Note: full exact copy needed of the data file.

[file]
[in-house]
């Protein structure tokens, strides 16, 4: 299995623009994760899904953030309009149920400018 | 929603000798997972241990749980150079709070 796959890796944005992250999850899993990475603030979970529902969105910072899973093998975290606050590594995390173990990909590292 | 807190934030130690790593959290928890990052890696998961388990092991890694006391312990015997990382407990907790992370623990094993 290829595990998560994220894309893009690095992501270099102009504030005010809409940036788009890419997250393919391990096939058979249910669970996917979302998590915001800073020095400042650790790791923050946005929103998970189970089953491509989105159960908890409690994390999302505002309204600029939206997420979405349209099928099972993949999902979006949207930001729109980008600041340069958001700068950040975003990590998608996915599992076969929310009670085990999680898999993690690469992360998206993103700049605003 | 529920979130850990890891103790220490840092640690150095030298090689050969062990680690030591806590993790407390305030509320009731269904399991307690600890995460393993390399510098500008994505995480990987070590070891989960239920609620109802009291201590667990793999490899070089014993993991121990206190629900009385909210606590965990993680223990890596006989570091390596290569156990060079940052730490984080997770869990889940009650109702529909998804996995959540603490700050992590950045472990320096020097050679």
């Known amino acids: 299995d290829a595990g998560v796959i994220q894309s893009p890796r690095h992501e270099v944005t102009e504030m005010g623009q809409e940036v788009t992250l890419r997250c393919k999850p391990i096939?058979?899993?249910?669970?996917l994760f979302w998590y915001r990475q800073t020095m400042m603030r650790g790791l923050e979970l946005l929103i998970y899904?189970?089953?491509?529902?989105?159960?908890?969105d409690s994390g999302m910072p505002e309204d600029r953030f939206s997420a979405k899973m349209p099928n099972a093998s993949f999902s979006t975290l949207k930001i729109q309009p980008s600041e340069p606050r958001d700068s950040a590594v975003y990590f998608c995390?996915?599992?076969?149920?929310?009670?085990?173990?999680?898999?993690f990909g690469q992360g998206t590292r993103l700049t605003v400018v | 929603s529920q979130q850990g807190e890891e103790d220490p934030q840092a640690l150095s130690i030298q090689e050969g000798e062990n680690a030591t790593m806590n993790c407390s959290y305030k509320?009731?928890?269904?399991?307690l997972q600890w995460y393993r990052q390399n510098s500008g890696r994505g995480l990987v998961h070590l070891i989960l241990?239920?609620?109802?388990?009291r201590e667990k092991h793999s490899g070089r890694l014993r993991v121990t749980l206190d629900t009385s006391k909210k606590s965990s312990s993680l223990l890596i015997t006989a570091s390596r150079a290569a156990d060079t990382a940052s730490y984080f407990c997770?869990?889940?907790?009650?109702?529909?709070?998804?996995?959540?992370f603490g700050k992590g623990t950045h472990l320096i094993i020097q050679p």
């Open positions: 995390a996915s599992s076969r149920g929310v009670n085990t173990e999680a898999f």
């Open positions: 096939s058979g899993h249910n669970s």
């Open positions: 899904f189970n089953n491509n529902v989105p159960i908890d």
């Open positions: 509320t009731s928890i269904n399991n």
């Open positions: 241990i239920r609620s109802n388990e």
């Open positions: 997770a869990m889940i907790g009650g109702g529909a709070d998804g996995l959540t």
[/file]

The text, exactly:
[in-house]
């Protein structure tokens, strides 16, 4: 299995623009994760899904953030309009149920400018 | 929603000798997972241990749980150079709070 796959890796944005992250999850899993990475603030979970529902969105910072899973093998975290606050590594995390173990990909590292 | 807190934030130690790593959290928890990052890696998961388990092991890694006391312990015997990382407990907790992370623990094993 290829595990998560994220894309893009690095992501270099102009504030005010809409940036788009890419997250393919391990096939058979249910669970996917979302998590915001800073020095400042650790790791923050946005929103998970189970089953491509989105159960908890409690994390999302505002309204600029939206997420979405349209099928099972993949999902979006949207930001729109980008600041340069958001700068950040975003990590998608996915599992076969929310009670085990999680898999993690690469992360998206993103700049605003 | 529920979130850990890891103790220490840092640690150095030298090689050969062990680690030591806590993790407390305030509320009731269904399991307690600890995460393993390399510098500008994505995480990987070590070891989960239920609620109802009291201590667990793999490899070089014993993991121990206190629900009385909210606590965990993680223990890596006989570091390596290569156990060079940052730490984080997770869990889940009650109702529909998804996995959540603490700050992590950045472990320096020097050679």
């Known amino acids: 299995d290829a595990g998560v796959i994220q894309s893009p890796r690095h992501e270099v944005t102009e504030m005010g623009q809409e940036v788009t992250l890419r997250c393919k999850p391990i096939?058979?899993?249910?669970?996917l994760f979302w998590y915001r990475q800073t020095m400042m603030r650790g790791l923050e979970l946005l929103i998970y899904?189970?089953?491509?529902?989105?159960?908890?969105d409690s994390g999302m910072p505002e309204d600029r953030f939206s997420a979405k899973m349209p099928n099972a093998s993949f999902s979006t975290l949207k930001i729109q309009p980008s600041e340069p606050r958001d700068s950040a590594v975003y990590f998608c995390?996915?599992?076969?149920?929310?009670?085990?173990?999680?898999?993690f990909g690469q992360g998206t590292r993103l700049t605003v400018v | 929603s529920q979130q850990g807190e890891e103790d220490p934030q840092a640690l150095s130690i030298q090689e050969g000798e062990n680690a030591t790593m806590n993790c407390s959290y305030k509320?009731?928890?269904?399991?307690l997972q600890w995460y393993r990052q390399n510098s500008g890696r994505g995480l990987v998961h070590l070891i989960l241990?239920?609620?109802?388990?009291r201590e667990k092991h793999s490899g070089r890694l014993r993991v121990t749980l206190d629900t009385s006391k909210k606590s965990s312990s993680l223990l890596i015997t006989a570091s390596r150079a290569a156990d060079t990382a940052s730490y984080f407990c997770?869990?889940?907790?009650?109702?529909?709070?998804?996995?959540?992370f603490g700050k992590g623990t950045h472990l320096i094993i020097q050679p």
């Open positions: 995390a996915s599992s076969r149920g929310v009670n085990t173990e999680a898999f």
């Open positions: 096939s058979g899993h249910n669970s």
């Open positions: 899904f189970n089953n491509n529902v989105p159960i908890d």
């Open positions: 509320t009731s928890i269904n399991n």
């Open positions: 241990i239920r609620s109802n388990e």
């Open positions: 997770a869990m889940i907790g009650g109702g529909a709070d998804g996995l959540t």